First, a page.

Saturday, March 28, 2009

The Last Day

Have you ever noticed the emotional impact of "The Last...?" It can be "The last class before graduation -- yaaay!" It might be "The last kiss before we part -- tears."

In our family...drum roll's the last day of Zoodle's first year.

So I'm taking the day off from writing.

Oh. Yeah. I always do that on Saturdays anyway!

Friday, March 27, 2009

Leadership Pain

I'm closing this week's topic with a reminder that leadership can be a painful exercise.

It was painful to realize that sometimes a leader can be too kind. Many years ago, one of our staff members made a huge mistake. I should have exposed the mistake to our core leaders...but I didn't. I should have removed him when he refused to completely follow through with his assigned discipline...but I didn't. I should have recognized the coming destruction when he started attempting to push us in a direction I knew wasn't right...but I didn't. I should have strongly warned those close to him that they were making a mistake to follow him out to start his own church...but I didn't.

After the damage was done, my painful feelings of failure were brought into focus by a frustrated friend. He jabbed his finger at me and said, "Sam, you are wise, but wisdom does not a leader make!" Many in the room with him that night came to my defense. He came back a few days later and apologized.

It still hurt.

Fast forward a few years and a few thousand leadership decisions later...

I still love working with people. I am full of joy in my role as a leader. I am also different because of that pain...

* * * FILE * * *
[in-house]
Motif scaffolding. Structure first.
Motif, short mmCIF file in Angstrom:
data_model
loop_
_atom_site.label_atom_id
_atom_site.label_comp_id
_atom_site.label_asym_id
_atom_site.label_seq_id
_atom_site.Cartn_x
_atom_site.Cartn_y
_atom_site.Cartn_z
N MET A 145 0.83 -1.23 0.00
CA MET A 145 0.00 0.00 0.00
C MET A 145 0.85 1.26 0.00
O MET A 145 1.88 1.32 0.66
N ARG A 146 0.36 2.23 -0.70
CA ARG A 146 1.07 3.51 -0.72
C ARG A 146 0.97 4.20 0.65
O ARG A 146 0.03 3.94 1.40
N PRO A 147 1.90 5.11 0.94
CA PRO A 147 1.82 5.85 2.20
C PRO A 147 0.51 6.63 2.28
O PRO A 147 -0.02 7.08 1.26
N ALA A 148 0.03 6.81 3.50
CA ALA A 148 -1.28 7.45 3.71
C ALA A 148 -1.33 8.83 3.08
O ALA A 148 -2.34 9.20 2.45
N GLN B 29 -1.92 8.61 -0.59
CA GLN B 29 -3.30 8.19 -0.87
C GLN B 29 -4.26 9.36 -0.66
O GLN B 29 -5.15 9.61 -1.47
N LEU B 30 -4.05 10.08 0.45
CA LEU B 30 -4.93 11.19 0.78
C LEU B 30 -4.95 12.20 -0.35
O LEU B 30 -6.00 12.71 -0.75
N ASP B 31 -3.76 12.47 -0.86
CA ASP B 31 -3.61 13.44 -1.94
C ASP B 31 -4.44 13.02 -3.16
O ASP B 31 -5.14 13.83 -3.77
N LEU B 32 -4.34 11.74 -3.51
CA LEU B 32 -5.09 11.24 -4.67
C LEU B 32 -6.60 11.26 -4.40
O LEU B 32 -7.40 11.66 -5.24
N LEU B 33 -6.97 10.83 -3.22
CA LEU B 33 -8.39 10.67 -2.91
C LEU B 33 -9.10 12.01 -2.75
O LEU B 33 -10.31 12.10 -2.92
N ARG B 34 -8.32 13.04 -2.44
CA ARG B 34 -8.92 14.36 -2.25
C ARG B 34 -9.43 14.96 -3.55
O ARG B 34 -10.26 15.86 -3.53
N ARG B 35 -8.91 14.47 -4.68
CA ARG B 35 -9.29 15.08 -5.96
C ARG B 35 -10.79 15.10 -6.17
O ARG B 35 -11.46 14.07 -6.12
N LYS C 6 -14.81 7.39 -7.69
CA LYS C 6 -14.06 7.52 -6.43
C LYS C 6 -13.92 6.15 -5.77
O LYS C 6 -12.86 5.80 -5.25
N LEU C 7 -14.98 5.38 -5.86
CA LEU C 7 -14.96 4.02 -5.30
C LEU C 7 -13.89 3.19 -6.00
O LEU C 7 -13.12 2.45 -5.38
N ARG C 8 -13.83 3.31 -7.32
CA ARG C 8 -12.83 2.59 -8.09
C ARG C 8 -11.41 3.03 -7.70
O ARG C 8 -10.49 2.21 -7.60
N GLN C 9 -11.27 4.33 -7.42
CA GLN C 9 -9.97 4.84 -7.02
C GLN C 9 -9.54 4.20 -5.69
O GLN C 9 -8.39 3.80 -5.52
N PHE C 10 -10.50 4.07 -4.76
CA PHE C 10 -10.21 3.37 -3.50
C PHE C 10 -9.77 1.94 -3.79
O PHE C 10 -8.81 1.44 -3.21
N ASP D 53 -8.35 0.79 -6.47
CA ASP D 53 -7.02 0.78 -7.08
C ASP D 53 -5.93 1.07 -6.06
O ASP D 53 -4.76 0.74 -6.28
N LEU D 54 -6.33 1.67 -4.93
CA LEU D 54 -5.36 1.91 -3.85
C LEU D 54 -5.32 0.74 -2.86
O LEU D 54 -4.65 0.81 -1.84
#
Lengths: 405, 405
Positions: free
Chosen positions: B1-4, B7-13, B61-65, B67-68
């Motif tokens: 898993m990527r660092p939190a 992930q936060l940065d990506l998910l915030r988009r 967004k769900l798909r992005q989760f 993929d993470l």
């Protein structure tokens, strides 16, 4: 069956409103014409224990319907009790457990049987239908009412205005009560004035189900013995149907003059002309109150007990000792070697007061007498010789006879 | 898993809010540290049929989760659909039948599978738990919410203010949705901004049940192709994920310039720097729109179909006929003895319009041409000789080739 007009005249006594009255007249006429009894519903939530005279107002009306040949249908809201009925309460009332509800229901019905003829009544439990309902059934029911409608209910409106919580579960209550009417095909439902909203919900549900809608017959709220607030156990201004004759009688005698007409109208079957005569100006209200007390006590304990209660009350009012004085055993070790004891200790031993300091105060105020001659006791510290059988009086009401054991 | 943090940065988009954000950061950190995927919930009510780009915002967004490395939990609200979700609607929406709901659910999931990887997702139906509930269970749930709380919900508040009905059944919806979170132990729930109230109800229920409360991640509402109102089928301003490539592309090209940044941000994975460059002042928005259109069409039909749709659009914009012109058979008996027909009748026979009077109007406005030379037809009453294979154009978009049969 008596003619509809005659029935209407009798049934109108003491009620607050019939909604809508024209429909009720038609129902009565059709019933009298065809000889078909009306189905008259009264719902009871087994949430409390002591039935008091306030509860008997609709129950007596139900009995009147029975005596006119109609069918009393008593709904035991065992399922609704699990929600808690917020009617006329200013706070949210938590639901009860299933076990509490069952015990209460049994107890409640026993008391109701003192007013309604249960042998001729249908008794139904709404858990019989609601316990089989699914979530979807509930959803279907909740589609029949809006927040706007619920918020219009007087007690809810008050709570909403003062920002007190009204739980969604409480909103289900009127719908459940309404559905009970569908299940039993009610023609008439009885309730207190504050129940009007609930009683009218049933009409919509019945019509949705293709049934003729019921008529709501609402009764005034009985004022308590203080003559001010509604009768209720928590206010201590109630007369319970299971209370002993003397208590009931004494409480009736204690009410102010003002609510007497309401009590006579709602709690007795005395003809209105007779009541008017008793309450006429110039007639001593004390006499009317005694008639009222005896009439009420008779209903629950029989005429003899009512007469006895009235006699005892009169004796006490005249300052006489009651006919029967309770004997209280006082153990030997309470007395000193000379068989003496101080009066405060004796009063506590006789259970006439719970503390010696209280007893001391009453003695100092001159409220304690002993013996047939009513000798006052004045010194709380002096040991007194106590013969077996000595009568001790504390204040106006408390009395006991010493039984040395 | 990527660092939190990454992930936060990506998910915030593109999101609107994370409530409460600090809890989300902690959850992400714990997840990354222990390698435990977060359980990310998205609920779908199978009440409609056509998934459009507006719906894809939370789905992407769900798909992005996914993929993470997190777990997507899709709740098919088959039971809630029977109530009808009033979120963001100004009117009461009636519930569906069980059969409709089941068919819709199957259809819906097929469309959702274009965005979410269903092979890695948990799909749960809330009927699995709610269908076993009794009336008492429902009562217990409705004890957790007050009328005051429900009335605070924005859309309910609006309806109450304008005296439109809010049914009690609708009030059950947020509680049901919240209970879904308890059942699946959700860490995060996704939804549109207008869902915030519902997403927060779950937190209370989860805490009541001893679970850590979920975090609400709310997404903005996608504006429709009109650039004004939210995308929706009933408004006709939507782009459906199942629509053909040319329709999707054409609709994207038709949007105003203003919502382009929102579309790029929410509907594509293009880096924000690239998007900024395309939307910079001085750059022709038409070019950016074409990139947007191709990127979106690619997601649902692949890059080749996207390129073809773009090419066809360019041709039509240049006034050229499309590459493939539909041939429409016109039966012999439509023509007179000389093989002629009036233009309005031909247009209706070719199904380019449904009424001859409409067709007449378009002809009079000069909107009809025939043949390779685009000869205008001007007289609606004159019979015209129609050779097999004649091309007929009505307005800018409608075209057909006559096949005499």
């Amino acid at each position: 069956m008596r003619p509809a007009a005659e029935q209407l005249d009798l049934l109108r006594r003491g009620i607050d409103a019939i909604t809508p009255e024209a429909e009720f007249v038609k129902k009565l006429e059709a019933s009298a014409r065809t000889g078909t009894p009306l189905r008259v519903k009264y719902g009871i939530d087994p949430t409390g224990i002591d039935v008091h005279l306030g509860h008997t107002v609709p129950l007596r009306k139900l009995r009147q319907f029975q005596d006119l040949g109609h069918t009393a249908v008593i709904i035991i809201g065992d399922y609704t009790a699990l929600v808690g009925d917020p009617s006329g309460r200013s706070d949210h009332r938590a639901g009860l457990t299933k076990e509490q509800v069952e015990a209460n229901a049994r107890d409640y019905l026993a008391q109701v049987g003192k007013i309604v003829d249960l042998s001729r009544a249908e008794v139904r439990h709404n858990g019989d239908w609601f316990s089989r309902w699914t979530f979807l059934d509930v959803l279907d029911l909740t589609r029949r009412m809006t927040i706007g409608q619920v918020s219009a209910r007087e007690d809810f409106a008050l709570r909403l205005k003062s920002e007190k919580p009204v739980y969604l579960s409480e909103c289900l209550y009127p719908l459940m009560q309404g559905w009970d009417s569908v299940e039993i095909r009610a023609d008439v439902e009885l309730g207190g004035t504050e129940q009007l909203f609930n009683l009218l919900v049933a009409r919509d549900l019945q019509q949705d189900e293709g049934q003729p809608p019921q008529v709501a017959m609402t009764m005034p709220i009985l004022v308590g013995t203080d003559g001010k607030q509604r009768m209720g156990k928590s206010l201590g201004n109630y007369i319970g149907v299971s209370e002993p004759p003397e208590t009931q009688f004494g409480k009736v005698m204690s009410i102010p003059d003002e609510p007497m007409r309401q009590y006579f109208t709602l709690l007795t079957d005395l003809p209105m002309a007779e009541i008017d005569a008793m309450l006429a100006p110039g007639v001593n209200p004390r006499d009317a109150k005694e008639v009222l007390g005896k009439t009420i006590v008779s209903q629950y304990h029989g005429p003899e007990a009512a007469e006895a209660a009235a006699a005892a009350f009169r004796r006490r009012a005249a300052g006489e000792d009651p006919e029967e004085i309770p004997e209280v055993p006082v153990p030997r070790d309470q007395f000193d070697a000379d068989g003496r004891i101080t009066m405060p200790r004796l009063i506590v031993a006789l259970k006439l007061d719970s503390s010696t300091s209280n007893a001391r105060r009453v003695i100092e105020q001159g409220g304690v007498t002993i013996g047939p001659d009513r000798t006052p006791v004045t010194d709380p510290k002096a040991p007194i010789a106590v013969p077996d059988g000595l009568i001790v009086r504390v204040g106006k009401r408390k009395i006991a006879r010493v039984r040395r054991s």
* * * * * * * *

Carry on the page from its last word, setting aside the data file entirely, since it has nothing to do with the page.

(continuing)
If the mistake is big, I expose it and seek input. If someone is unwilling to submit to those helping them restore, I will remove them. I am always cautious about the difference between those who bring fresh ideas to the table and those who try to bend the rest of us to their agenda -- the former is highly welcomed while the latter is unacceptable. Finally, if I see someone running blindly toward a cliff, I warn them, tell them I love them no matter what they do and invite them back should they choose to leave anyway. (Those who return are some of the most loyal people I know.)

Those are heavy lessons for a Friday, but they leave me grateful for the pain.

What pain are you grateful for?

Thursday, March 26, 2009

Leadership In The Trenches

"I'll be Kerlin and you be Licus!"

"No! I'll be Kerlin and you be Licus!"

"No, Sissy. I was Licus last time. It's your turn to be Licus and my turn to be Kerlin."

"Okay, but next time I'm Kerlin!"
Two peas in a pod? Not quite. We were never sure where the names "Kerlin" and "Licus" (pronounced "like-us") came from. Nor why they both always wanted to be "Kerlin." Nor why, if they didn't like "Licus", they didn't just choose another name. Nor how to spell the names -- this was preschool days for our daughters.

We just know that this was the way C. Beth and beckiwithani learned to lead through negotiation.

Wednesday, March 25, 2009

Leader Of The Pack